Inhospitable? Perhaps, but I can well understand the thinking behind it. Savin has a home-made cylinder, took 13 weeks of food for an anticipated 3 month journey (i.e. no contingency for delays), no support/safety vessel, relies on a tablet tethered to a satellite phone for communication (and seems to rely on the barrel yard to pass information to the IMO) as he drifts through major shipping lanes, has a VHF radio with a range of only a couple of miles, expects everyone to move out of his way when he's undetectable on radar and doesn't show up on satellite-based trackers. He updates his SPOT position once a day (if he isn't battened down in rough seas) so he could be anywhere within 50 miles of his last update - more in bad weather.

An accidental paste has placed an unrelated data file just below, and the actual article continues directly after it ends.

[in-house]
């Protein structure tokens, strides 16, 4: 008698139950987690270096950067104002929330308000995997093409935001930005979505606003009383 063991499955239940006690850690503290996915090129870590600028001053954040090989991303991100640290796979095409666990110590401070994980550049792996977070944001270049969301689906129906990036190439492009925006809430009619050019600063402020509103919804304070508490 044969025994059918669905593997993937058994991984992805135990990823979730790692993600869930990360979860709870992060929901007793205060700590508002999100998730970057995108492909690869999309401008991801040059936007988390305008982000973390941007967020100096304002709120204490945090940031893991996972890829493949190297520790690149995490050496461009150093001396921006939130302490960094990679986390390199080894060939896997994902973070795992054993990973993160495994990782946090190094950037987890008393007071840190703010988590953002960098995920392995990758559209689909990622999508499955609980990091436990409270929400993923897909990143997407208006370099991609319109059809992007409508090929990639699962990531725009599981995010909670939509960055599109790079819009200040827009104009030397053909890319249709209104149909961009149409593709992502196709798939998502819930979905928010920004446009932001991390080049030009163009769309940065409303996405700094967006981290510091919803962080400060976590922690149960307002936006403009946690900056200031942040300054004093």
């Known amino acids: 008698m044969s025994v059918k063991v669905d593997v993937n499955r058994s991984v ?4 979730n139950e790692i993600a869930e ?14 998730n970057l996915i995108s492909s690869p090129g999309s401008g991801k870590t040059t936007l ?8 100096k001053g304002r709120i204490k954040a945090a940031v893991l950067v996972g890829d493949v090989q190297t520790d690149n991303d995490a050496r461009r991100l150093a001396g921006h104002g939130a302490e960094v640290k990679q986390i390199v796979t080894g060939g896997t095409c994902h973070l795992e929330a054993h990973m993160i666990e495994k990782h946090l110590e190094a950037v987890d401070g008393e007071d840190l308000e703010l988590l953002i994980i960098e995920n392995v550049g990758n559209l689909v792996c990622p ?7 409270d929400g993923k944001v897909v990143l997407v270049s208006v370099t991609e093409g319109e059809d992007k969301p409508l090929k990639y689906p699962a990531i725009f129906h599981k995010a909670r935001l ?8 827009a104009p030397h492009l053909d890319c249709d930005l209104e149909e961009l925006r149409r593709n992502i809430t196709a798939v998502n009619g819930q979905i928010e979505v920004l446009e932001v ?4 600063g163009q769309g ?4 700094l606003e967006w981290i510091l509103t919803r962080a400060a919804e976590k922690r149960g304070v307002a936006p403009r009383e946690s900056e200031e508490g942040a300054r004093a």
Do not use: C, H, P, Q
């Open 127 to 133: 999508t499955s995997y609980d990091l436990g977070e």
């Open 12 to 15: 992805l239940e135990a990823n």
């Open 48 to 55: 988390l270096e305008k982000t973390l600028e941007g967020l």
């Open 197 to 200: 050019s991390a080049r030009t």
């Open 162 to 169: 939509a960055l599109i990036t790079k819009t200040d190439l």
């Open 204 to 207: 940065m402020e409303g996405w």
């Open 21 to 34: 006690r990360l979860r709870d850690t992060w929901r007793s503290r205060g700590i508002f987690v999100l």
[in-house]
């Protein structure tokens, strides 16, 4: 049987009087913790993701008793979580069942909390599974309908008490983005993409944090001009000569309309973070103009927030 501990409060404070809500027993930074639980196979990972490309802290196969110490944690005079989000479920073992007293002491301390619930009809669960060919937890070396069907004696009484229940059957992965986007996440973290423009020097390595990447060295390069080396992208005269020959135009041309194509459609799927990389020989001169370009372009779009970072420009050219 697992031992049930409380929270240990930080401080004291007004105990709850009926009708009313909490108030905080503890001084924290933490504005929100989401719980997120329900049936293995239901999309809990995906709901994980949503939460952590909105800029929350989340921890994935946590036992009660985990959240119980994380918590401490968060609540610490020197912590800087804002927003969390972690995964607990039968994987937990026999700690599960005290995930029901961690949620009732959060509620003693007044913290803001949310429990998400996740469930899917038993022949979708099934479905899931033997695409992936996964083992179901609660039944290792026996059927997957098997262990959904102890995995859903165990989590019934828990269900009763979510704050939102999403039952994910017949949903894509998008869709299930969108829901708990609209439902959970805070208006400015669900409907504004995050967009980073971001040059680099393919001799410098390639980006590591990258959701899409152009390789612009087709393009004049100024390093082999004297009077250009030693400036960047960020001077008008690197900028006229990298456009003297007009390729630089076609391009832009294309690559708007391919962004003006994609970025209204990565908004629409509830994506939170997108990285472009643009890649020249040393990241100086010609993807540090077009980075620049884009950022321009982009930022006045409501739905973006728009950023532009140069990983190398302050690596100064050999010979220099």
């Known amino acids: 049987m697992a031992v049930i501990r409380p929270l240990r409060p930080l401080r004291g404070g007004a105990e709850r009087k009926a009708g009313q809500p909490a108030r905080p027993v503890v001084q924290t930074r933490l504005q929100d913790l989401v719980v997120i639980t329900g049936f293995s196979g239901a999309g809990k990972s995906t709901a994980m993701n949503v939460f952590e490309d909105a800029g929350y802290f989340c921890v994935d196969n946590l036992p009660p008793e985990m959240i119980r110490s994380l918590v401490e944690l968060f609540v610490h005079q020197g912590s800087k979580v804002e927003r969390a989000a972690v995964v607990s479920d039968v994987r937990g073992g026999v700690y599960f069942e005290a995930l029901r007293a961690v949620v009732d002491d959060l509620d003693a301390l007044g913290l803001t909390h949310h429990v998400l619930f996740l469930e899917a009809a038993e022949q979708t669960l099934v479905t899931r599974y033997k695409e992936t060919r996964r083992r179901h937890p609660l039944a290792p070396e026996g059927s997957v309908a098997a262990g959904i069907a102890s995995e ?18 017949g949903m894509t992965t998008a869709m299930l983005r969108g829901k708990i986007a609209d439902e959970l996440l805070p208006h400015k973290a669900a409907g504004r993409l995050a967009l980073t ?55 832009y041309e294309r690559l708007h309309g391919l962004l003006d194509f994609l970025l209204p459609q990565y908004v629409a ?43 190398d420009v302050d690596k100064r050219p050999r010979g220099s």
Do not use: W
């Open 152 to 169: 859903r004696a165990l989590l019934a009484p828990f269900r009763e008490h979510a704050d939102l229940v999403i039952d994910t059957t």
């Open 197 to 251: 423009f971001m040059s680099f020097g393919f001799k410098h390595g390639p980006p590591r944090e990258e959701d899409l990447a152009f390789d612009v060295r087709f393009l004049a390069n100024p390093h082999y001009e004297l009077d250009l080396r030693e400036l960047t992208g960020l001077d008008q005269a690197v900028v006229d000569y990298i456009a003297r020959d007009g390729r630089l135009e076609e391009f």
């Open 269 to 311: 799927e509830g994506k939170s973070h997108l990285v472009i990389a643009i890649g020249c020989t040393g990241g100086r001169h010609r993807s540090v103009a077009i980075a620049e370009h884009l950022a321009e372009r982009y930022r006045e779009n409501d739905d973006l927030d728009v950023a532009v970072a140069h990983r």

While there's no dispute that he's a ballsy old coot, there's also little doubt that he set off with inadequate preparation, reliant on the maritime obligation of others should he get into trouble. No wonder that he seems to have been cold-shouldered by the NOAA as a discouragement to other would-be adventurers.

I wonder whether he has given any thought in regard to landing. He has a deep keel on his barrel so it'll likely capsize if it does wash up on a beach. Or will he be hoping that there'll be a convenient boat that'll tow him into a harbour for free, rather than claiming salvage?
The old sod probably stocked up with an industrial quantity of gallic shrugs of indifference for all the above eventualities, before he quit France.
 
#78
Dont know whether to be horrified or to laugh my socks off... click "see more" and scroll down to the English translation:


As ever, there's much useful stuff to be learned from experience.
 
#79
Btw, the "aerial drift" is a little sail that he puts up on the front of the barrel to keep it in the right orientation, without which the barrel rolls about its fore-aft axis.